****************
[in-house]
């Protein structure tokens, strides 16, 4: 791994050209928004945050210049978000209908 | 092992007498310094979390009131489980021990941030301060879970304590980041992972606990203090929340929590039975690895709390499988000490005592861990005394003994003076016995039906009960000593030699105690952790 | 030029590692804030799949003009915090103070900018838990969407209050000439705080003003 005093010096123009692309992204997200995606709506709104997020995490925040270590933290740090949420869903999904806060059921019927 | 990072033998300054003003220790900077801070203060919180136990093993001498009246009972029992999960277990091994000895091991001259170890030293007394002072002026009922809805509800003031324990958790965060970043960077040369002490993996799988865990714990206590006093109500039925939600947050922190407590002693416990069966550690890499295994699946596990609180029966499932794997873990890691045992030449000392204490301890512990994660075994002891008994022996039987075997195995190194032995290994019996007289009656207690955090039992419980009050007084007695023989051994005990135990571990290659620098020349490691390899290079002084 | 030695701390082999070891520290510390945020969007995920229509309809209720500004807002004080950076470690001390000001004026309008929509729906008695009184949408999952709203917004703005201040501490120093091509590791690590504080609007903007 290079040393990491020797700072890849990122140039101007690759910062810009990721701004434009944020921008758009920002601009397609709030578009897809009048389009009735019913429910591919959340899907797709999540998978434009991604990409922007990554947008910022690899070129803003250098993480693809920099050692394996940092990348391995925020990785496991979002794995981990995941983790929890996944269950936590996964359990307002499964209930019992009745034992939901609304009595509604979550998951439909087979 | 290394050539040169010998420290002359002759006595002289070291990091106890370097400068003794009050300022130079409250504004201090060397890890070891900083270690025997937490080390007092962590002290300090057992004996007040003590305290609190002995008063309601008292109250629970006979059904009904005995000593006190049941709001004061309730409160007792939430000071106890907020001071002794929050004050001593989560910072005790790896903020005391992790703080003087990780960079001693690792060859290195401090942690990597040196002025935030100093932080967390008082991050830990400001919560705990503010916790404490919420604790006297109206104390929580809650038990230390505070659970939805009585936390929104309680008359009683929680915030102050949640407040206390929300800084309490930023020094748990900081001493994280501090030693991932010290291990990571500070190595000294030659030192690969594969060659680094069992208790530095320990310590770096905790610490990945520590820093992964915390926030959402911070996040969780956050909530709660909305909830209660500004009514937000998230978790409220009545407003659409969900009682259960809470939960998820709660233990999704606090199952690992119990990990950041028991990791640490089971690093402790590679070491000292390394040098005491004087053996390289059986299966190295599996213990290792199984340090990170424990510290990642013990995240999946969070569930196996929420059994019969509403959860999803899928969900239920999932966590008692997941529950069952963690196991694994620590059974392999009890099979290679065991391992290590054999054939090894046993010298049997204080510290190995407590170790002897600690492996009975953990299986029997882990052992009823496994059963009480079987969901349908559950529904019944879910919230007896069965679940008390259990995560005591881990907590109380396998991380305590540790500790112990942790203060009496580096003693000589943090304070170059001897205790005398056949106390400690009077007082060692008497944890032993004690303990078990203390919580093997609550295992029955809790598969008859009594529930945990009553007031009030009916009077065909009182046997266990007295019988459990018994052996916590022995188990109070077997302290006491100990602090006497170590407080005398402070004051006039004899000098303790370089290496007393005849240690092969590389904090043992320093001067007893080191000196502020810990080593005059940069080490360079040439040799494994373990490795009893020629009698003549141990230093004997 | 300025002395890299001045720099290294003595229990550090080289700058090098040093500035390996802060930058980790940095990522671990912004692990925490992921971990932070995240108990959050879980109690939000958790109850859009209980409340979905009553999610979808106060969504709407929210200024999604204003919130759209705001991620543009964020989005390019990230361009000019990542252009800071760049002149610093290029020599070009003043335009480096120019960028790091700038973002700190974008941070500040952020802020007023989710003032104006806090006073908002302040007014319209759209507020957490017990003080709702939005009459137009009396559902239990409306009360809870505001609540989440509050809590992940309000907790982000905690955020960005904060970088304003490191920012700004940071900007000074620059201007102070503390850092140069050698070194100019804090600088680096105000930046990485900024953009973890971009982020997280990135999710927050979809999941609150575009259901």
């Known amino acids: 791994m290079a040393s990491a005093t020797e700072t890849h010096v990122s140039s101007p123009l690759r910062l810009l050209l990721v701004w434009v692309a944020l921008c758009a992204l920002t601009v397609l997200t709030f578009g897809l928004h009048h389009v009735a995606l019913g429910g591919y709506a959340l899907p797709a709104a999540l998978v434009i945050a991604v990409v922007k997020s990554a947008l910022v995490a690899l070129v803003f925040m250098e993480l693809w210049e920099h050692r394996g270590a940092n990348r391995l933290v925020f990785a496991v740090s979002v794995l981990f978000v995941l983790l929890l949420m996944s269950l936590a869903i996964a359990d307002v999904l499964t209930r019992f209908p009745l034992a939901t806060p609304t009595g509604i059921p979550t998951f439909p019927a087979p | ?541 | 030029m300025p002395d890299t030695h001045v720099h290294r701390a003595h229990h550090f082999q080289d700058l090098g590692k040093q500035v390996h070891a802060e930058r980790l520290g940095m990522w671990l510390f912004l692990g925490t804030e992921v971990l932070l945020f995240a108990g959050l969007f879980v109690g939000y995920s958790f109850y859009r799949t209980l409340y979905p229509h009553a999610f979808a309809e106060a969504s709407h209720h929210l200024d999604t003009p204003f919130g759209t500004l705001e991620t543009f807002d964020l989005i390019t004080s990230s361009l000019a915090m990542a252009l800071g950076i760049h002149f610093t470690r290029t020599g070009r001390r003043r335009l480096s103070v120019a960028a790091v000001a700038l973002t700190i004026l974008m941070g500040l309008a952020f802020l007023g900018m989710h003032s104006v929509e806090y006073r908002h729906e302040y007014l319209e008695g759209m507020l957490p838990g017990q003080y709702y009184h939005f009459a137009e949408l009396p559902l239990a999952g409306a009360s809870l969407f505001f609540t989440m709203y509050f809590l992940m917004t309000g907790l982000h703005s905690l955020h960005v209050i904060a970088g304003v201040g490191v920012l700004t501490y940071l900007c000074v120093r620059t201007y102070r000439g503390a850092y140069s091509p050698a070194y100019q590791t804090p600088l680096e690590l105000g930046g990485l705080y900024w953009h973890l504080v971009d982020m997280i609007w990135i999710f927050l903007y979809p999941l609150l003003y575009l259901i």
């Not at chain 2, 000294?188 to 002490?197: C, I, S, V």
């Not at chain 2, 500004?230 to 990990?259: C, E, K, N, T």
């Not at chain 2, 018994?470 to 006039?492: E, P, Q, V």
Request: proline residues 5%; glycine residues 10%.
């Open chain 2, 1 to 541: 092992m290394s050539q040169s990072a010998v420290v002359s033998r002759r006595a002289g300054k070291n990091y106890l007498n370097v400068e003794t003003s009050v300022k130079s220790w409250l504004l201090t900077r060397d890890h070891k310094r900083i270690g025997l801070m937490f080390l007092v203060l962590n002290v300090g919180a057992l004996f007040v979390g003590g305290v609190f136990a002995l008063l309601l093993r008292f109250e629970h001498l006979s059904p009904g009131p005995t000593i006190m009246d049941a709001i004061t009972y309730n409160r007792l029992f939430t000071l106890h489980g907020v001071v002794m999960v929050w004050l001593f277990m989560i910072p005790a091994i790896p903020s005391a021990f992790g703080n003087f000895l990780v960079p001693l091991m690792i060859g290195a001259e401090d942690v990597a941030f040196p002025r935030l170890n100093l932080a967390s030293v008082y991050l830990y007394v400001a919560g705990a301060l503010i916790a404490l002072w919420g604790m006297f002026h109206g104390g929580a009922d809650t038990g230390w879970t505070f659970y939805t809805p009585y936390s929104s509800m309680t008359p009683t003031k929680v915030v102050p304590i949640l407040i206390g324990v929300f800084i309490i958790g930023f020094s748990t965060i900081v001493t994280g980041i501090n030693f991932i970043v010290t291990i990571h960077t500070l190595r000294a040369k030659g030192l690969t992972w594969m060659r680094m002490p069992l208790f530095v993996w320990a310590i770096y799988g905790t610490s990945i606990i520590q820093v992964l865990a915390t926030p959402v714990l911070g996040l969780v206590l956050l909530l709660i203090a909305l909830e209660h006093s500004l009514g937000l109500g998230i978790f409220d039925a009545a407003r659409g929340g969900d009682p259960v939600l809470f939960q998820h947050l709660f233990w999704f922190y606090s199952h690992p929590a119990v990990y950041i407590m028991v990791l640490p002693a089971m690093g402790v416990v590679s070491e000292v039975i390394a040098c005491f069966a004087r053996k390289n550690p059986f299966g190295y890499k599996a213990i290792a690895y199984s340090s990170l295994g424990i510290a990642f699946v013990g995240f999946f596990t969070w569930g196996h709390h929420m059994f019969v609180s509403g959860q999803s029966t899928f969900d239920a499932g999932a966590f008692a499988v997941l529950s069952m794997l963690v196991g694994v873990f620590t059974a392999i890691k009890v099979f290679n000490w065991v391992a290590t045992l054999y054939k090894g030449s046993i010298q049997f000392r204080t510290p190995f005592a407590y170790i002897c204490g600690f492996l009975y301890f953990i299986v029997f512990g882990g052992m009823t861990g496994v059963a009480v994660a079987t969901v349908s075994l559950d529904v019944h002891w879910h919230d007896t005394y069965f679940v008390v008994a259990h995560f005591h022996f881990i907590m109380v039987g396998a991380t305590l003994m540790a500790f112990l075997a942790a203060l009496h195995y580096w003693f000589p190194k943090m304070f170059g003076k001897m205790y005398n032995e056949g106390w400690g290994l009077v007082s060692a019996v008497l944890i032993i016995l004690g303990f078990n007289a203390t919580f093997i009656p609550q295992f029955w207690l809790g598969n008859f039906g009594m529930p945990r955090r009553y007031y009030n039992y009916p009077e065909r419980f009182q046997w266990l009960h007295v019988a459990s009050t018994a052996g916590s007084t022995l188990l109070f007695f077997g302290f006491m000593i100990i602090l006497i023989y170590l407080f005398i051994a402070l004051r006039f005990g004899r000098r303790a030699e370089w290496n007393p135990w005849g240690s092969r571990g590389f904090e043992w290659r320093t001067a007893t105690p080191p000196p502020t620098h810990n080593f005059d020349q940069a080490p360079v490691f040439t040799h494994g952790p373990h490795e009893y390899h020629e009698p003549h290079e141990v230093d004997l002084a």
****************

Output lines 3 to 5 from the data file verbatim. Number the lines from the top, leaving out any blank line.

């Known amino acids: 791994m290079a040393s990491a005093t020797e700072t890849h010096v990122s140039s101007p123009l690759r910062l810009l050209l990721v701004w434009v692309a944020l921008c758009a992204l920002t601009v397609l997200t709030f578009g897809l928004h009048h389009v009735a995606l019913g429910g591919y709506a959340l899907p797709a709104a999540l998978v434009i945050a991604v990409v922007k997020s990554a947008l910022v995490a690899l070129v803003f925040m250098e993480l693809w210049e920099h050692r394996g270590a940092n990348r391995l933290v925020f990785a496991v740090s979002v794995l981990f978000v995941l983790l929890l949420m996944s269950l936590a869903i996964a359990d307002v999904l499964t209930r019992f209908p009745l034992a939901t806060p609304t009595g509604i059921p979550t998951f439909p019927a087979p | ?541 | 030029m300025p002395d890299t030695h001045v720099h290294r701390a003595h229990h550090f082999q080289d700058l090098g590692k040093q500035v390996h070891a802060e930058r980790l520290g940095m990522w671990l510390f912004l692990g925490t804030e992921v971990l932070l945020f995240a108990g959050l969007f879980v109690g939000y995920s958790f109850y859009r799949t209980l409340y979905p229509h009553a999610f979808a309809e106060a969504s709407h209720h929210l200024d999604t003009p204003f919130g759209t500004l705001e991620t543009f807002d964020l989005i390019t004080s990230s361009l000019a915090m990542a252009l800071g950076i760049h002149f610093t470690r290029t020599g070009r001390r003043r335009l480096s103070v120019a960028a790091v000001a700038l973002t700190i004026l974008m941070g500040l309008a952020f802020l007023g900018m989710h003032s104006v929509e806090y006073r908002h729906e302040y007014l319209e008695g759209m507020l957490p838990g017990q003080y709702y009184h939005f009459a137009e949408l009396p559902l239990a999952g409306a009360s809870l969407f505001f609540t989440m709203y509050f809590l992940m917004t309000g907790l982000h703005s905690l955020h960005v209050i904060a970088g304003v201040g490191v920012l700004t501490y940071l900007c000074v120093r620059t201007y102070r000439g503390a850092y140069s091509p050698a070194y100019q590791t804090p600088l680096e690590l105000g930046g990485l705080y900024w953009h973890l504080v971009d982020m997280i609007w990135i999710f927050l903007y979809p999941l609150l003003y575009l259901i």
């Not at chain 2, 000294?188 to 002490?197: C, I, S, V």
């Not at chain 2, 500004?230 to 990990?259: C, E, K, N, T």